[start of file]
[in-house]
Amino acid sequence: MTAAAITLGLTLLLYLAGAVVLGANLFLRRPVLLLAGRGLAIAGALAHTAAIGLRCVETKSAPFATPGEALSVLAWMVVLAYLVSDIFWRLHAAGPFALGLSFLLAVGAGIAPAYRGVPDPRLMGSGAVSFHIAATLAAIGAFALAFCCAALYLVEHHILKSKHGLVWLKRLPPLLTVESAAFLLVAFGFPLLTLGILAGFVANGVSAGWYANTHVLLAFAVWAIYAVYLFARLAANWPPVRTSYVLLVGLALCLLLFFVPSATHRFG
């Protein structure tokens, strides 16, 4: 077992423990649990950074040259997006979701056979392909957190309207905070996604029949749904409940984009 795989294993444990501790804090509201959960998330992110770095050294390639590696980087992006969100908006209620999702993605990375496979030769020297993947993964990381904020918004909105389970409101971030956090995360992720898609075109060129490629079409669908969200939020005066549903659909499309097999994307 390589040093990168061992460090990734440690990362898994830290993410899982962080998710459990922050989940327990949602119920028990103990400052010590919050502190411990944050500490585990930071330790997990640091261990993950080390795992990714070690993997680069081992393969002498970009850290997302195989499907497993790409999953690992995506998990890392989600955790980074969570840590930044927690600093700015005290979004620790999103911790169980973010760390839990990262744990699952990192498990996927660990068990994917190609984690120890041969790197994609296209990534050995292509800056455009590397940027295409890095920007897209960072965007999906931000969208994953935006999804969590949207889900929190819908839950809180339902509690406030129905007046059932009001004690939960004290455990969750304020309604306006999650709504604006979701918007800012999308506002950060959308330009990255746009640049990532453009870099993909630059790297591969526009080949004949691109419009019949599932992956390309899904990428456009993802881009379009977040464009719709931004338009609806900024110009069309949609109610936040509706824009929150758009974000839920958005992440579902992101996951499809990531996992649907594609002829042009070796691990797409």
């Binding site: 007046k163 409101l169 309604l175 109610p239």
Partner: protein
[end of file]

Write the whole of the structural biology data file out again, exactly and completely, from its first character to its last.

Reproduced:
[in-house]
Amino acid sequence: MTAAAITLGLTLLLYLAGAVVLGANLFLRRPVLLLAGRGLAIAGALAHTAAIGLRCVETKSAPFATPGEALSVLAWMVVLAYLVSDIFWRLHAAGPFALGLSFLLAVGAGIAPAYRGVPDPRLMGSGAVSFHIAATLAAIGAFALAFCCAALYLVEHHILKSKHGLVWLKRLPPLLTVESAAFLLVAFGFPLLTLGILAGFVANGVSAGWYANTHVLLAFAVWAIYAVYLFARLAANWPPVRTSYVLLVGLALCLLLFFVPSATHRFG
């Protein structure tokens, strides 16, 4: 077992423990649990950074040259997006979701056979392909957190309207905070996604029949749904409940984009 795989294993444990501790804090509201959960998330992110770095050294390639590696980087992006969100908006209620999702993605990375496979030769020297993947993964990381904020918004909105389970409101971030956090995360992720898609075109060129490629079409669908969200939020005066549903659909499309097999994307 390589040093990168061992460090990734440690990362898994830290993410899982962080998710459990922050989940327990949602119920028990103990400052010590919050502190411990944050500490585990930071330790997990640091261990993950080390795992990714070690993997680069081992393969002498970009850290997302195989499907497993790409999953690992995506998990890392989600955790980074969570840590930044927690600093700015005290979004620790999103911790169980973010760390839990990262744990699952990192498990996927660990068990994917190609984690120890041969790197994609296209990534050995292509800056455009590397940027295409890095920007897209960072965007999906931000969208994953935006999804969590949207889900929190819908839950809180339902509690406030129905007046059932009001004690939960004290455990969750304020309604306006999650709504604006979701918007800012999308506002950060959308330009990255746009640049990532453009870099993909630059790297591969526009080949004949691109419009019949599932992956390309899904990428456009993802881009379009977040464009719709931004338009609806900024110009069309949609109610936040509706824009929150758009974000839920958005992440579902992101996951499809990531996992649907594609002829042009070796691990797409």
């Binding site: 007046k163 409101l169 309604l175 109610p239």
Partner: protein